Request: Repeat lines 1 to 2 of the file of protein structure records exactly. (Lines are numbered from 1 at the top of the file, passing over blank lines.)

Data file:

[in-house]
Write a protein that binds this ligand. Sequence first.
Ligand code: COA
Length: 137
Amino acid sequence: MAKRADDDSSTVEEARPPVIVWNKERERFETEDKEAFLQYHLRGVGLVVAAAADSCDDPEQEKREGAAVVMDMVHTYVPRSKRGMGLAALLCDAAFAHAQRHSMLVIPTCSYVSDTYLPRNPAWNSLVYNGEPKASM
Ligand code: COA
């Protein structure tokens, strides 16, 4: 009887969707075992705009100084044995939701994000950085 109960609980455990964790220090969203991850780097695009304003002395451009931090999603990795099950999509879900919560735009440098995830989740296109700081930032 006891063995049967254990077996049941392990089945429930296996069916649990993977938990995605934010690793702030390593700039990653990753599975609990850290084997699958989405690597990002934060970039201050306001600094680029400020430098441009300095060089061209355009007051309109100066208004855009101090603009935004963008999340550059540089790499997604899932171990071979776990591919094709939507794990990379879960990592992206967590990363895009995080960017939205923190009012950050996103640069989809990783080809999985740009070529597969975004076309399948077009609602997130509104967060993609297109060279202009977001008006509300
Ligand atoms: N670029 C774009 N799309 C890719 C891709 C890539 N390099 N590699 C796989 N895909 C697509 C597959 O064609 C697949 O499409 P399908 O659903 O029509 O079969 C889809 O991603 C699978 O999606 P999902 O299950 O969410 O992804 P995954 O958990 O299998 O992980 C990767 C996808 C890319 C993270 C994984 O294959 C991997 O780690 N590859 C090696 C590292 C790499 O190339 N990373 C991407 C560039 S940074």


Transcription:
[in-house]
Write a protein that binds this ligand. Sequence first.